Carbon capture and storage (CCS) is a set of technologies that can greatly reduce carbon dioxide (CO2) emissions from industrial processes and power generation. CCS involves the separation of CO2 from industrial and power plant flue gases, transporting it to a storage location and long-term isolation from the atmosphere. The captured CO2 is often stored deep underground in geological formations such as depleted oil and gas fields or deep saline aquifers. CCS is one of the few options available that can significantly reduce CO2 emissions from industrial facilities powered by fossil fuels, setting up a pathway to achieving climate neutrality goals. The global carbon capture and storage market is estimated to be valued at US$6.5 billion in 2023 and is expected to exhibit a CAGR of 4.6% over the forecast period 2023-2030, as highlighted in a new report published by Coherent Market Insights.
Market key trends:
One of the key trends driving growth in the CCS market is the growing demand for carbon neutrality across industries. Stringent emission norms along with strong climate change policies by governments worldwide have increased investments in CCS technologies by oil & gas, cement, steel and power generation industries. For instance, the European Union’s policy framework includes targets and incentives to scale up CCS solutions across member nations. Countries like Canada, Norway and UK have implemented carbon pricing mechanisms that make CCS projects economically viable. Furthermore, initiatives like UNFCCC Paris Agreement are catalysing collaborations among nations and industries to establish regional CCS networks and storage hubs, which will help accelerate commercial deployment of carbon capture technologies on a global scale.
Threat of new entrants: The carbon capture and storage market has high capital requirements to enter the business and build specialized infrastructure, which deters new competition. However, supportive government policies can help lower barriers.
Bargaining power of buyers: Large corporate and industrial buyers have significant bargaining power to negotiate on project pricing and carbon credits. Their bargaining power keeps costs competitive for providers.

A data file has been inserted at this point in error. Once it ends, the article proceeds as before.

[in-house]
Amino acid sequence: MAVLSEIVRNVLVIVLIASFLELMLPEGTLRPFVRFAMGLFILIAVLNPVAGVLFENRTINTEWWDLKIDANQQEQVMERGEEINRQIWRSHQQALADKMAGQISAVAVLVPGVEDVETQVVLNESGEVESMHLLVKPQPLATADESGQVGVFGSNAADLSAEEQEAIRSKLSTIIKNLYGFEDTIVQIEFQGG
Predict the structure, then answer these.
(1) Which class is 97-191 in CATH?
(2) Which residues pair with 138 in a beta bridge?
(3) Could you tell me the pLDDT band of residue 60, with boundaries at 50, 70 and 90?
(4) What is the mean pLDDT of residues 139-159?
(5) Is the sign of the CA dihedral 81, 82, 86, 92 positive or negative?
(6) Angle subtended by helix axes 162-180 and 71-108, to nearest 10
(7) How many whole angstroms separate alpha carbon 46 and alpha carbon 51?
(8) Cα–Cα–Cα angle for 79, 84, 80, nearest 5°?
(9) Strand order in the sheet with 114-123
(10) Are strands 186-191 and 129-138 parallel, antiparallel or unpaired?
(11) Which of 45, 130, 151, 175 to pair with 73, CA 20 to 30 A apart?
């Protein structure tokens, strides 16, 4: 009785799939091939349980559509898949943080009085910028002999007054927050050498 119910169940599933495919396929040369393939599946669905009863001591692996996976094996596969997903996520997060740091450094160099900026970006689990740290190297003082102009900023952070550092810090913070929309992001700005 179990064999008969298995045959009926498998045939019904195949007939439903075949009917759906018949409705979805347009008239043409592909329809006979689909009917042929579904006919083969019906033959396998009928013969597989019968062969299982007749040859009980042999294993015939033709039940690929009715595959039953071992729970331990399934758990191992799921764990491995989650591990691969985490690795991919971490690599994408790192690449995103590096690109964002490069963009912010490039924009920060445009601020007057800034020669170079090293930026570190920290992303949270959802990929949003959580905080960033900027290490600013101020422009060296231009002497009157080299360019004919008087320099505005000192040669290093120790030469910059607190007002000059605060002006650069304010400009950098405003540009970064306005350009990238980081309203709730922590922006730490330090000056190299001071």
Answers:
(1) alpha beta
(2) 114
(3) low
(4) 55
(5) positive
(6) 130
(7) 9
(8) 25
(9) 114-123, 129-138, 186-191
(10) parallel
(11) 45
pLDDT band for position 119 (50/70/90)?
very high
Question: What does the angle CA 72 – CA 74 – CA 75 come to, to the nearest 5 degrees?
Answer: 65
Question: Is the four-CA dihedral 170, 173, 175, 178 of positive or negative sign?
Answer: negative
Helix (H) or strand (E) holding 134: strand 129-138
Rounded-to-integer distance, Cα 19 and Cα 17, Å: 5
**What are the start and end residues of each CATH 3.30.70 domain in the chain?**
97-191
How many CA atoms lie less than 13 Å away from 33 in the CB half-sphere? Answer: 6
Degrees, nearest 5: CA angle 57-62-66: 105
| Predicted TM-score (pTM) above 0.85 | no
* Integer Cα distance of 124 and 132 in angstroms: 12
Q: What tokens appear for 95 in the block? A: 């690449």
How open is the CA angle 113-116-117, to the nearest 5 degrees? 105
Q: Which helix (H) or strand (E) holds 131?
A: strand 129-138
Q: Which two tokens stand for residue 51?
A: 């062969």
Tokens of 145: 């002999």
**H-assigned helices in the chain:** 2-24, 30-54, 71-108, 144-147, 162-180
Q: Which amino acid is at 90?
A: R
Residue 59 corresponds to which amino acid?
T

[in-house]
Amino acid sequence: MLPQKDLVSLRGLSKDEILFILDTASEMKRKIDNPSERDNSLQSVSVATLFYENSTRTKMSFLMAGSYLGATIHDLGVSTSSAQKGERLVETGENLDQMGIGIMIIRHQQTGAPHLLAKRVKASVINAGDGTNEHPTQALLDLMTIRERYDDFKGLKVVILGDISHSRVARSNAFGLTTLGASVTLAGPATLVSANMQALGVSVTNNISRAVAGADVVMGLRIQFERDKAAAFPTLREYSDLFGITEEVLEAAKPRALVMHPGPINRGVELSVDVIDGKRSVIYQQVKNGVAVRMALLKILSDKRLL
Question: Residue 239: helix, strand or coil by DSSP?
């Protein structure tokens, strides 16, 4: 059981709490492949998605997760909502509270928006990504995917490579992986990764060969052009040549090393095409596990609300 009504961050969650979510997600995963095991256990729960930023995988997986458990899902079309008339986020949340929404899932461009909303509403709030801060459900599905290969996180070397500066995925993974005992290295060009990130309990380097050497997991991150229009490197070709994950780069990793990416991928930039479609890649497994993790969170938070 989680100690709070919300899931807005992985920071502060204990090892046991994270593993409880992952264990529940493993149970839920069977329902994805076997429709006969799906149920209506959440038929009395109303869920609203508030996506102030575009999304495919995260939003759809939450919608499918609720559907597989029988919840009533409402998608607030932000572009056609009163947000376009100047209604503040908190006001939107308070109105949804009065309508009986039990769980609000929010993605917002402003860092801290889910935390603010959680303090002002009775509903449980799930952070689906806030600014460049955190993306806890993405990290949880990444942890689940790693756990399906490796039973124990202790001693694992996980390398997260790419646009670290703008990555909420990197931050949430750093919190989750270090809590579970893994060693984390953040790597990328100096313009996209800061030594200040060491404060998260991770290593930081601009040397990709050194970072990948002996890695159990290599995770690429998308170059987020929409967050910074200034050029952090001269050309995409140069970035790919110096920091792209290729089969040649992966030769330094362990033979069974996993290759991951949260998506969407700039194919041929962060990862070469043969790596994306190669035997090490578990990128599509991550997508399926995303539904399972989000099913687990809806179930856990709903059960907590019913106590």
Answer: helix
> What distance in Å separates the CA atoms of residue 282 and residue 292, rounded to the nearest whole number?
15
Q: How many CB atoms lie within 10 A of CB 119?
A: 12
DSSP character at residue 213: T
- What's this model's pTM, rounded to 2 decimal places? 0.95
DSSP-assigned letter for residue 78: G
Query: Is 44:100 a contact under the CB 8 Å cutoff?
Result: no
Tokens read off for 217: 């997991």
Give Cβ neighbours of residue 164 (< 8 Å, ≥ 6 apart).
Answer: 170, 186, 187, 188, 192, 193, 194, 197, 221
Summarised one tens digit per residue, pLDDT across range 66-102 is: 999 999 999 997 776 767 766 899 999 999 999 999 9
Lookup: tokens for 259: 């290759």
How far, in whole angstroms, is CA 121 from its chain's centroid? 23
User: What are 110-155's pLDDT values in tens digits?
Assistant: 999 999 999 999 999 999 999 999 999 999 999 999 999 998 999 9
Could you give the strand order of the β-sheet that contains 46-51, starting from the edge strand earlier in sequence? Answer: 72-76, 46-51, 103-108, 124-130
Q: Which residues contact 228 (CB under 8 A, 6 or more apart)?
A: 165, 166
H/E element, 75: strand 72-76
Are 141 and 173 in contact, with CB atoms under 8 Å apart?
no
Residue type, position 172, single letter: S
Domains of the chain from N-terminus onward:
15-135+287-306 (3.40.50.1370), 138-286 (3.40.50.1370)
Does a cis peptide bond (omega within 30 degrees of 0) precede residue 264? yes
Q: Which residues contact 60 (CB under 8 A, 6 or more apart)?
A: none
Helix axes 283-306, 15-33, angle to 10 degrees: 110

Bargaining power of suppliers: A few large technology providers and engineering companies dominate the supply chain. This enables them to influence pricing and contract terms.
Threat of new substitutes: No close substitutes exist currently for capturing carbon at large stationary sources. Ongoing R&D could discover alternate abatement methods.
Competitive rivalry: Major players compete intensely on technology advantages, integration expertise, project executions and value additions like monitoring services. This drives continued innovation.
The Global Carbon Capture And Storage Market Demand is expected to witness high growth over the forecast period.
Regional analysis- North America leads with many large-scale projects under operation and development. The US 45Q tax credit boosts investment. Europe follows with the European Union Emissions Trading System (EU ETS) incentivizing reductions. Developing Asia is a key growth market, especially China and India, as they seek to balance economic development and carbon goals. Supportive initiatives and carbon offset programs can accelerate regional adoption.
Key players- Leading companies in the carbon capture and storage market include Shell, Chevron, Mitsubishi Heavy Industries, Fluor, Hitachi, Aker Solutions, Honeywell, Exxonmobil and Linde. They provide integrated solutions and technologies for capture, transportation and long-term geological storage of carbon emissions. Partnerships and strategic collaborations are stepping up to address project needs across different regions.
1. Source: Coherent Market Insights, Public sources, Desk research
2. We have leveraged AI tools to mine information and compile it